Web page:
Voting closes today on the DHB pay offer with undervalued and stressed nurses turning out in high numbers to vote, says NZNO industrial services manager Cee Payne.
The New Zealand Nurses Organisation will be informing the 20 district health boards and its DHB members of the ballot results on Monday morning (March 26) and the general public on Monday afternoon.
Many nurses have taken to social media in recent weeks to voice their frustration with the DHBs’ offer which – if rejected – could possibly lead to the first national strike action in nearly 30 years. But the earliest that any industrial action – including a strike – could take place is at least eight weeks away.
Payne said if nurses voted ‘no’ the first step would be key NZNO staff and the national delegates meeting to discuss whether to proceed with industrial action and, if so, what form of action. So the earliest a strike or industrial action ballot could go out to members was probably at least four weeks away and around a further four weeks would be required to allow NZNO DHB members the opportunity to cast their vote.
A DHBs’ spokesperson told the New Zealand Herald that, while it hoped nurses had voted ‘yes’ to the deal, it had started plans to meet next week to discuss a national contingency plan if nurses voted ‘no’ and went on to take industrial action.
“If [the pay offer] is rejected we’d love to meet with the union to find out what we can do to avoid industrial action,” the spokesperson told the Herald. Kevin McFadgen, the DHBS’ negotiating team lead, said at the time the revised offer was made that it had improved the offer after listening to members concerns and believed it addressed the issues and claims on the table.
Payne said safe staffing and working conditions were absolutely a priority for staff with members reporting increasing workloads for some time, along with the fact that patients are sicker than 15 years ago when NZNO held its Fair Pay campaign and first sought a national safe staffing model.
“We have (reports) of persistent unsafe levels of staffing which is resulting in stress, fatigue and lack of job satisfaction for our members,” said Payne. “I think it is contributing to the low morale we are seeing out there at the moment and we are certainly hearing stories of people leaving because of the pressure in the system.” The unsafe staffing was impacting on shift rosters, length of shift as people work on to cover for staff shortages and flow-on impacts on professional development support and study leave.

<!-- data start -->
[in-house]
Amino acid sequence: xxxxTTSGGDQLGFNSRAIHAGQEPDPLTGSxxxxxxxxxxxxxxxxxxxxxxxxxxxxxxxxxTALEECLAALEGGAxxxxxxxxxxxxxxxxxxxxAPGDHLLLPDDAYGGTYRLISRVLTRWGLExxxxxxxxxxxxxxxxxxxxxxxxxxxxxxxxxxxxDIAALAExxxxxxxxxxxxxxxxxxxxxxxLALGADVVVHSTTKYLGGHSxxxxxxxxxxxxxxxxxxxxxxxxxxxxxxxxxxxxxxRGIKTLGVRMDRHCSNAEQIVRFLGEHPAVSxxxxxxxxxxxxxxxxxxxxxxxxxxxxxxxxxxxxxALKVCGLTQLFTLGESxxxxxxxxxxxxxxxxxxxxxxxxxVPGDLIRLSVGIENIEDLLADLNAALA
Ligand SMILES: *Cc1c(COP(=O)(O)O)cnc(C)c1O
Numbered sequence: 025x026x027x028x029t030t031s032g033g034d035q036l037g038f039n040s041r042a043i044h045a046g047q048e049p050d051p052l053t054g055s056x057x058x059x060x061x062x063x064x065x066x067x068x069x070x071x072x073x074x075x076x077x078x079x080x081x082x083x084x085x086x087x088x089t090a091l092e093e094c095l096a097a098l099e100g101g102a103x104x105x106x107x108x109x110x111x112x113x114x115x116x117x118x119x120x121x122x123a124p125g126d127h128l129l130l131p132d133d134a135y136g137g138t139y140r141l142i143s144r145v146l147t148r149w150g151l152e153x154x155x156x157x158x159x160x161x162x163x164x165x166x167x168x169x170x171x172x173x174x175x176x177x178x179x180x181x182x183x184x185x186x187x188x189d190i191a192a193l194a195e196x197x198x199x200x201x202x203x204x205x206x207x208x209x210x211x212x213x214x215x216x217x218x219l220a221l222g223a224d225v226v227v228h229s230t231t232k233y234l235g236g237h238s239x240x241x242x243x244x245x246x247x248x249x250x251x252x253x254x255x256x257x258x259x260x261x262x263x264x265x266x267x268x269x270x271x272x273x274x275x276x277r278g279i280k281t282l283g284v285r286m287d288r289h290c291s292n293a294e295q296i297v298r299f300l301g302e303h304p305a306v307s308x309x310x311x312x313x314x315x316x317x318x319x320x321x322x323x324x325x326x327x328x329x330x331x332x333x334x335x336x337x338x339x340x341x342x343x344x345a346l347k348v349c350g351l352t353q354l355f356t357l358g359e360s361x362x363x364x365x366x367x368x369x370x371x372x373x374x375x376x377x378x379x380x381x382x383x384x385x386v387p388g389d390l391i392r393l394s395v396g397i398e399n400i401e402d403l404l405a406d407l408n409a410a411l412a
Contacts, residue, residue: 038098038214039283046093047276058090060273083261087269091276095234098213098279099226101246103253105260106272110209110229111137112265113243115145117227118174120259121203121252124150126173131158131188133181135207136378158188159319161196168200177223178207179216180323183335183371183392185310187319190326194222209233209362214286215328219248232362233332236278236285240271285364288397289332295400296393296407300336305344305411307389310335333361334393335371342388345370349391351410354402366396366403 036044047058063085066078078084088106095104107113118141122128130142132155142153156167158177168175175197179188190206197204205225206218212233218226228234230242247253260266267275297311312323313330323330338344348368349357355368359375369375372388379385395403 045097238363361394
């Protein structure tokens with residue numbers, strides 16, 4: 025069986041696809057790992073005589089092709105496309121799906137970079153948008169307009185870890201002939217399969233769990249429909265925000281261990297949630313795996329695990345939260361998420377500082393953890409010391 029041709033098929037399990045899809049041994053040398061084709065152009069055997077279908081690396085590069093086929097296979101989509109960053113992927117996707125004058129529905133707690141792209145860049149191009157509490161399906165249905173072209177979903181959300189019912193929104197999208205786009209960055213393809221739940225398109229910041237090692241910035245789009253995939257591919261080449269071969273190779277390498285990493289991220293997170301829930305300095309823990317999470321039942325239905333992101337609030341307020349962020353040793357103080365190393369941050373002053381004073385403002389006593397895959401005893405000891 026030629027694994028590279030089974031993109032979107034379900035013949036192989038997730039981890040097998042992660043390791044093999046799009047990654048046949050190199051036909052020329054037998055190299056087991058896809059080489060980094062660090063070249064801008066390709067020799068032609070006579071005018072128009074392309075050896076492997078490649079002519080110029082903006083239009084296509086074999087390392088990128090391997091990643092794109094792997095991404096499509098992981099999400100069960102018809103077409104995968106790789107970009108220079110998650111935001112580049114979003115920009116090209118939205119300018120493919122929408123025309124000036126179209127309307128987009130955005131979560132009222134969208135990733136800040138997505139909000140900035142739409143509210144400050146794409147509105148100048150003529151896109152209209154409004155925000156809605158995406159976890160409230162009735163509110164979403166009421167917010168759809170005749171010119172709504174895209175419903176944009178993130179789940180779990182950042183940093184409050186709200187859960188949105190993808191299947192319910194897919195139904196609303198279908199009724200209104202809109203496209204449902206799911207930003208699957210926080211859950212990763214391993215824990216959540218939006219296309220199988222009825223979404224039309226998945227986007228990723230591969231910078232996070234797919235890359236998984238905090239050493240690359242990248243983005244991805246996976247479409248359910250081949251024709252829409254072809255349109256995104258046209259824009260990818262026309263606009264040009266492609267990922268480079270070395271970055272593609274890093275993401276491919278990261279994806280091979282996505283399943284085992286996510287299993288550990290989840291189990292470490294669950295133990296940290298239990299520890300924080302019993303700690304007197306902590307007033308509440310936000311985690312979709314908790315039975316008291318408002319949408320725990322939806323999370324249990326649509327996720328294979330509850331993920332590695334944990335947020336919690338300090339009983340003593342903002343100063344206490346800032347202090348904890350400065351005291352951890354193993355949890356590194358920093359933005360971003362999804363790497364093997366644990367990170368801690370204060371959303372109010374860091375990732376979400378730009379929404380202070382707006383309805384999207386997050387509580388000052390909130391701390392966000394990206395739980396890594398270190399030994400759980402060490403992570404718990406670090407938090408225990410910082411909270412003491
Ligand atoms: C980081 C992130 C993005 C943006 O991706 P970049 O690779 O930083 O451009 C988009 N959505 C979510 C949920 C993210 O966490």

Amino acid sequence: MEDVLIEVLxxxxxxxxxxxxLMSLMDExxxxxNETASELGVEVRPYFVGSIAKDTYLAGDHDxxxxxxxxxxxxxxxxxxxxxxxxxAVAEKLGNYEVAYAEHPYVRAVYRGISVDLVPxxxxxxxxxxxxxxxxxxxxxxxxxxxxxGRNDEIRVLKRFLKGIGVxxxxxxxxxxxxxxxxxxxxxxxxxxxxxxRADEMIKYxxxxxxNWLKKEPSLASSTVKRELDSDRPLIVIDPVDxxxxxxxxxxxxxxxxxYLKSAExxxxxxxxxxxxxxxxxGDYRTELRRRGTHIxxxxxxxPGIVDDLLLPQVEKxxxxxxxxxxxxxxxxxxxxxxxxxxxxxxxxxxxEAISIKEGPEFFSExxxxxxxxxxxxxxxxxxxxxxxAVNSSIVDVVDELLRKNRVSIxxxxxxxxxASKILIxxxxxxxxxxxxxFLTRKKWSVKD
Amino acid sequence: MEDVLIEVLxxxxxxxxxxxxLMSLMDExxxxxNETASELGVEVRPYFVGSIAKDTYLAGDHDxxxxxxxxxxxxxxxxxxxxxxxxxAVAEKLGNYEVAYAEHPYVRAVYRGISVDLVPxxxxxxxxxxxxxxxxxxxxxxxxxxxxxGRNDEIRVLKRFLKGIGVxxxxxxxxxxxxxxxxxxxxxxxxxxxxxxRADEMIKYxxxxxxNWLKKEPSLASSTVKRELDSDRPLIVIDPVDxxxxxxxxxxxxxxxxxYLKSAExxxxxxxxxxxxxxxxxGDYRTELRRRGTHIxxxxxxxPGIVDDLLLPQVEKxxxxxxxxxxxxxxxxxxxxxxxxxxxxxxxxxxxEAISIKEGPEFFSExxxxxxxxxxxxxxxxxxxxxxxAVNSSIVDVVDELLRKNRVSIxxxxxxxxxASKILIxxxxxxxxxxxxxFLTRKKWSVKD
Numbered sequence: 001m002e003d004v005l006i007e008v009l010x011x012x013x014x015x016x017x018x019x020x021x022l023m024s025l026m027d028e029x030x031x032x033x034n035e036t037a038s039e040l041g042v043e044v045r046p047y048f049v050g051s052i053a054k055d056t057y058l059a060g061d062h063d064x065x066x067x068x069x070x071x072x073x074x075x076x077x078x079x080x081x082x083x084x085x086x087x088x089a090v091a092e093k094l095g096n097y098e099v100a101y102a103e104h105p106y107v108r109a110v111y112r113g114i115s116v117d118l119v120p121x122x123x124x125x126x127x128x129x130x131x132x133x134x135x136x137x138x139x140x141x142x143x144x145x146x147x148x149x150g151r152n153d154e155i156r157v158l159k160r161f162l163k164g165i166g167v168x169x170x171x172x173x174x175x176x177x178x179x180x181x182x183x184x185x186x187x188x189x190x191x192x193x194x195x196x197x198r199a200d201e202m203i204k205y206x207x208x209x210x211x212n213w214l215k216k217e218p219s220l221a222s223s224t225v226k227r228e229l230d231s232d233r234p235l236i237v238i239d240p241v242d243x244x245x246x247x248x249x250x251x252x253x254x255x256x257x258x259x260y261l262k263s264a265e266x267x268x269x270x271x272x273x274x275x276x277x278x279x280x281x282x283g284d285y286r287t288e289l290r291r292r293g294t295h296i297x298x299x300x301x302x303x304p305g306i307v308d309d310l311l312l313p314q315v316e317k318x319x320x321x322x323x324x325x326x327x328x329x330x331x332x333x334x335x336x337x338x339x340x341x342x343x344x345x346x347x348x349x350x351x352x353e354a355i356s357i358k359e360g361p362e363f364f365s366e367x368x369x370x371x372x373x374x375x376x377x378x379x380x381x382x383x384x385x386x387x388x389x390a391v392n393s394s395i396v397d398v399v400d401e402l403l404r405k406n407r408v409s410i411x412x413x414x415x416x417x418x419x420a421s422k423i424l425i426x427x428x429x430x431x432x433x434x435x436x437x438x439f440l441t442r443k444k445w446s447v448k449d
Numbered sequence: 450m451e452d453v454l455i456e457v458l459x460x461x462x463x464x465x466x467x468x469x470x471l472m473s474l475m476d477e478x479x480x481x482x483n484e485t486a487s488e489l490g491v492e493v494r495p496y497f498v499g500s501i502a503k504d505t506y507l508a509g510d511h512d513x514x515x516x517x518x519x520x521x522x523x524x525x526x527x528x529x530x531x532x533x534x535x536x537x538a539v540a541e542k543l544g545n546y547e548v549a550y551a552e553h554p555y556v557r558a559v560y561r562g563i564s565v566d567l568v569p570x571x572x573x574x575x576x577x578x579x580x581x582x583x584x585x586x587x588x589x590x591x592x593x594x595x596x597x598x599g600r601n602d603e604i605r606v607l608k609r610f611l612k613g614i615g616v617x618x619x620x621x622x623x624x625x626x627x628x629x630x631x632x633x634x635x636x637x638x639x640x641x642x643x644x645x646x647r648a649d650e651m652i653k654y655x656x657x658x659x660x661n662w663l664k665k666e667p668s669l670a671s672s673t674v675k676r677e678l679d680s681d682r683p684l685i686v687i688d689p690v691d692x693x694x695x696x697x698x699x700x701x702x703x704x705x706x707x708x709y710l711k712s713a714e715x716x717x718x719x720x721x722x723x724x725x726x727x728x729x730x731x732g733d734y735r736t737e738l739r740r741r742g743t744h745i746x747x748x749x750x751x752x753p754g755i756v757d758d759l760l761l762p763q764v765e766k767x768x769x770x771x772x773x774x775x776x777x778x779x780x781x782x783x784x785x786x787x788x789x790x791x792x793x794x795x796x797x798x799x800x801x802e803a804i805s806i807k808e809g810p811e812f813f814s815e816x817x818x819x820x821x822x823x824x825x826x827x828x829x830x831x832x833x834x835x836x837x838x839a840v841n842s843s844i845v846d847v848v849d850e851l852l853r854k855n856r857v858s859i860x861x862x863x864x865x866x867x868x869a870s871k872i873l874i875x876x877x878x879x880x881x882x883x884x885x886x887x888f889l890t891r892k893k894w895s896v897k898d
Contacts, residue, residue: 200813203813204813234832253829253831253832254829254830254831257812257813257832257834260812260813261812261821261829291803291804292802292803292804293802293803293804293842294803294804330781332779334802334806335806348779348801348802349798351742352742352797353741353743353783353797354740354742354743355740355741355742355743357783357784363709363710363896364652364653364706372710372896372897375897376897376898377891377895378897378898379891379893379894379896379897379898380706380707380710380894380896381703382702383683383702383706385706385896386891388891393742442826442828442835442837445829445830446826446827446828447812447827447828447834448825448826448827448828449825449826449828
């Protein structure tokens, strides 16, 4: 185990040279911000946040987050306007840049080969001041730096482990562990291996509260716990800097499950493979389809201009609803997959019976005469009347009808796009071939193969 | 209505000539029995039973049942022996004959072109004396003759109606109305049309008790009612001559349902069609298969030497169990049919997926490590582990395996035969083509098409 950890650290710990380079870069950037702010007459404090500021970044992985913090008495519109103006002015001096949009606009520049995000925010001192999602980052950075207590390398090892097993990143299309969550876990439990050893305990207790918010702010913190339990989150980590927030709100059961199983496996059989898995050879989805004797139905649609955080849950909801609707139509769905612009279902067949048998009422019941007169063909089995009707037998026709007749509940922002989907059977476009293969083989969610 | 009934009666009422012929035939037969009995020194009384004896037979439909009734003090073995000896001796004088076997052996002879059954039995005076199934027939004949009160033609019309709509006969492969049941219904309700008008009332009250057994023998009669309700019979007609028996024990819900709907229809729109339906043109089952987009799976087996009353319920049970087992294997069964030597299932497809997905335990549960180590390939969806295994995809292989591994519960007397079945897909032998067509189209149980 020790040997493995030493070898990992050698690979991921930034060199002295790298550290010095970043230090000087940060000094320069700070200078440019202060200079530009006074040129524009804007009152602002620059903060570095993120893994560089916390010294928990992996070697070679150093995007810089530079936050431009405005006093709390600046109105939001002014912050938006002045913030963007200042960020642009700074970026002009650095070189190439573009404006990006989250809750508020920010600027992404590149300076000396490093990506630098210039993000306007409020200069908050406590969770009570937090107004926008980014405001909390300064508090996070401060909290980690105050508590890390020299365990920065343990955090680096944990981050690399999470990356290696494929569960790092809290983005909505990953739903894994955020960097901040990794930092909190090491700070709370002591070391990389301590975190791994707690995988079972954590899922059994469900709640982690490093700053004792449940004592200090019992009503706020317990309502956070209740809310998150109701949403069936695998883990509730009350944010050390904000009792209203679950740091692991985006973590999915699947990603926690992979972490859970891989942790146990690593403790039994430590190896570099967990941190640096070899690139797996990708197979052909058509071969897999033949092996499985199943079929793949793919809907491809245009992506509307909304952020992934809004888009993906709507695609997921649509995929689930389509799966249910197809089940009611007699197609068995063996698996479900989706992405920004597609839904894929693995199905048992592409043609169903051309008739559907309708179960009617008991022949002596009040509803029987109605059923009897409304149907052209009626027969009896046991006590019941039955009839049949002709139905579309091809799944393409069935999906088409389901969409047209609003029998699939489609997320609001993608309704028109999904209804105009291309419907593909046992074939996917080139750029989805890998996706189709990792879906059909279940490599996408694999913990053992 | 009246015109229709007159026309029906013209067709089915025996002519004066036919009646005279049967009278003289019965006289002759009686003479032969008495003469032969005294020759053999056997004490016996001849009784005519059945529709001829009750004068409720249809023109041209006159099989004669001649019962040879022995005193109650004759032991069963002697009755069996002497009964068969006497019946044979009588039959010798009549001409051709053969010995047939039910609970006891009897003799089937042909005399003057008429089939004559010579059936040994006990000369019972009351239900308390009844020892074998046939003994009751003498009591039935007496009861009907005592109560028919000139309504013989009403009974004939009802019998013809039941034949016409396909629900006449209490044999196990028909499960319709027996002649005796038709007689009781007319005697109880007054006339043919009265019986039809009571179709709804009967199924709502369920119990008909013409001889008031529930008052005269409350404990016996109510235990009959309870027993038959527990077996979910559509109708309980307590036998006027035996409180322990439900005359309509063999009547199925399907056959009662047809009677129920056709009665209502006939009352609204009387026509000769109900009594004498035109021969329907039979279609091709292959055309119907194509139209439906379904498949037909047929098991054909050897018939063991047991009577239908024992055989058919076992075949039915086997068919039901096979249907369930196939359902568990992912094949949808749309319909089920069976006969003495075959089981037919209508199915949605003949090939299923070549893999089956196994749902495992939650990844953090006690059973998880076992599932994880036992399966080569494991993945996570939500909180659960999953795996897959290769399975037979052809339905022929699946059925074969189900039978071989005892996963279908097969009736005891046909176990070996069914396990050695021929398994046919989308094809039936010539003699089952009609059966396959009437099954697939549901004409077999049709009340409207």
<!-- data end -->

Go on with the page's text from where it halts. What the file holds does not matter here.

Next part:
“It’s a pretty grim picture out there at the moment for nurses and their nursing colleagues,” said Payne. “In the end there’s a strong sense coming through of being undervalued by their employers and undervalued as a profession. And as a profession feeling they can’t work to those standards that they expect of themselves which causes a lot of internal stress.”
Payne said NZNO had been calling since 2006 for DHBs to implement safe staffing and more than a decade on only one DHB had fully implemented the care capacity demand management (CCDM) tools and there were some DHBs that hadn’t even started.
“It’s been incredibly slow and we have been very frustrated by that and we’ve tried to strengthen the clause in the DHB MECA every time we’ve gone into bargaining and haven’t been able to do that…”
She was pleased that the current offer built implementing CCDM into the collective agreement and set a deadline for rolling out CCDM to all wards. But meanwhile the public hospital system now had an acute, unsafe staffing situation which would need to be addressed.
Payne added that the ‘#hearourvoice’ social media, NZNO Facebook post, the NZNO ‘I heart nurses’ petition and last year’s Shout Out for Health campaign campaign reflect the emotion of members and their real sense of being undervalued.
The union has faced criticism from some members about its campaign stance while negotiations were underway but president Memo Musa has pointed out that as an essential service NZNO was bound by a Code of Good Faith under the Employment Relations Act.
In a response to a recent Facebook post about NZNO being “over cautious” the union posted a reply saying the last time there was a ballot for national industrial action by junior doctors the DHBs had filed an injunction to challenge the validity of the union members’ decision. “We think it is of the utmost importance that our actions protect and uphold your collective decision,” said the NZNO post.
Meanwhile the New Zealand, please hear our voice Facebook page founded by two nurses to get public backing for the nurses’ cause now has 41,000 members. The petition they launched a week ago – calling for safer staffing and working conditions for New Zealand nurses – now has more than 18,000 signatures. They are also proposing a series of marches on May 12, International Nurses Day, with nine currently proposed from Whangarei to Dunedin.